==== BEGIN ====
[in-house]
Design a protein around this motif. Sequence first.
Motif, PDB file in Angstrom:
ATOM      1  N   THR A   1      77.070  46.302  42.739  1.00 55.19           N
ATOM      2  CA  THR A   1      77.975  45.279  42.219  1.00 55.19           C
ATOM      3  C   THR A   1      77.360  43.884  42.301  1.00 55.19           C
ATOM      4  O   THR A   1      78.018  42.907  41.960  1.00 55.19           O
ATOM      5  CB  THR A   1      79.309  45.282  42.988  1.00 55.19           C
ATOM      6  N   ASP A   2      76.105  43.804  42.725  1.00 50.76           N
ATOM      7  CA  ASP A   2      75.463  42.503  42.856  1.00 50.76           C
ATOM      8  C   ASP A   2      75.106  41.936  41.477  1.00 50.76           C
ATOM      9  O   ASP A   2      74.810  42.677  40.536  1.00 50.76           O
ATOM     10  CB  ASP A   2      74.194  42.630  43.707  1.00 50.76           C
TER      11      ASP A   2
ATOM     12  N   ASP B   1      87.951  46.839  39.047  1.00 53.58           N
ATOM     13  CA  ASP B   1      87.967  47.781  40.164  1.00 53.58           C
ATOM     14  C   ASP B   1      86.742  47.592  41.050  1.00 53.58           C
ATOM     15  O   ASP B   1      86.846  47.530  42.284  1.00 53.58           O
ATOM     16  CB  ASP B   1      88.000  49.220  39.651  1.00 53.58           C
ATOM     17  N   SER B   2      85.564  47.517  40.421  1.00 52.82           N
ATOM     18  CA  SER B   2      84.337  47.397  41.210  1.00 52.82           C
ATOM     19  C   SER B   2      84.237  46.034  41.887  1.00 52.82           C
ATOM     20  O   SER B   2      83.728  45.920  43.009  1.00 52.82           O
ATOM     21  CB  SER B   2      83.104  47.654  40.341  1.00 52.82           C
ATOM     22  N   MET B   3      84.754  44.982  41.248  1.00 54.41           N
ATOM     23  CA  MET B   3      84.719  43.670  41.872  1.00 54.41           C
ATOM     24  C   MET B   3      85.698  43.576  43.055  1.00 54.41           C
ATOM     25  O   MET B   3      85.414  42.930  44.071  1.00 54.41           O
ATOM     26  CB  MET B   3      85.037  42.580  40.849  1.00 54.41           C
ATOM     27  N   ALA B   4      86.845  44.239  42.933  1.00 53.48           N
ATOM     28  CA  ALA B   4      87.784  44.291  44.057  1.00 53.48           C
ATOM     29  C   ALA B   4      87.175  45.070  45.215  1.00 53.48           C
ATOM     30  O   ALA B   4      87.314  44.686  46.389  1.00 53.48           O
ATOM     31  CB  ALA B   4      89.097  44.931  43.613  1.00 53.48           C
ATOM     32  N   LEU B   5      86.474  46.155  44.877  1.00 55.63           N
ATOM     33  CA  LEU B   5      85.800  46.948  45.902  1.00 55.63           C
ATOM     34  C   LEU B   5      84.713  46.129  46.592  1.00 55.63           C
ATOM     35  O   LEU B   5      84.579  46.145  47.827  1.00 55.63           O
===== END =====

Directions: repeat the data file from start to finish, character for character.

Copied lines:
[in-house]
Design a protein around this motif. Sequence first.
Motif, PDB file in Angstrom:
ATOM      1  N   THR A   1      77.070  46.302  42.739  1.00 55.19           N
ATOM      2  CA  THR A   1      77.975  45.279  42.219  1.00 55.19           C
ATOM      3  C   THR A   1      77.360  43.884  42.301  1.00 55.19           C
ATOM      4  O   THR A   1      78.018  42.907  41.960  1.00 55.19           O
ATOM      5  CB  THR A   1      79.309  45.282  42.988  1.00 55.19           C
ATOM      6  N   ASP A   2      76.105  43.804  42.725  1.00 50.76           N
ATOM      7  CA  ASP A   2      75.463  42.503  42.856  1.00 50.76           C
ATOM      8  C   ASP A   2      75.106  41.936  41.477  1.00 50.76           C
ATOM      9  O   ASP A   2      74.810  42.677  40.536  1.00 50.76           O
ATOM     10  CB  ASP A   2      74.194  42.630  43.707  1.00 50.76           C
TER      11      ASP A   2
ATOM     12  N   ASP B   1      87.951  46.839  39.047  1.00 53.58           N
ATOM     13  CA  ASP B   1      87.967  47.781  40.164  1.00 53.58           C
ATOM     14  C   ASP B   1      86.742  47.592  41.050  1.00 53.58           C
ATOM     15  O   ASP B   1      86.846  47.530  42.284  1.00 53.58           O
ATOM     16  CB  ASP B   1      88.000  49.220  39.651  1.00 53.58           C
ATOM     17  N   SER B   2      85.564  47.517  40.421  1.00 52.82           N
ATOM     18  CA  SER B   2      84.337  47.397  41.210  1.00 52.82           C
ATOM     19  C   SER B   2      84.237  46.034  41.887  1.00 52.82           C
ATOM     20  O   SER B   2      83.728  45.920  43.009  1.00 52.82           O
ATOM     21  CB  SER B   2      83.104  47.654  40.341  1.00 52.82           C
ATOM     22  N   MET B   3      84.754  44.982  41.248  1.00 54.41           N
ATOM     23  CA  MET B   3      84.719  43.670  41.872  1.00 54.41           C
ATOM     24  C   MET B   3      85.698  43.576  43.055  1.00 54.41           C
ATOM     25  O   MET B   3      85.414  42.930  44.071  1.00 54.41           O
ATOM     26  CB  MET B   3      85.037  42.580  40.849  1.00 54.41           C
ATOM     27  N   ALA B   4      86.845  44.239  42.933  1.00 53.48           N
ATOM     28  CA  ALA B   4      87.784  44.291  44.057  1.00 53.48           C
ATOM     29  C   ALA B   4      87.175  45.070  45.215  1.00 53.48           C
ATOM     30  O   ALA B   4      87.314  44.686  46.389  1.00 53.48           O
ATOM     31  CB  ALA B   4      89.097  44.931  43.613  1.00 53.48           C
ATOM     32  N   LEU B   5      86.474  46.155  44.877  1.00 55.63           N
ATOM     33  CA  LEU B   5      85.800  46.948  45.902  1.00 55.63           C
ATOM     34  C   LEU B   5      84.713  46.129  46.592  1.00 55.63           C
ATOM     35  O   LEU B   5      84.579  46.145  47.827  1.00 55.63           O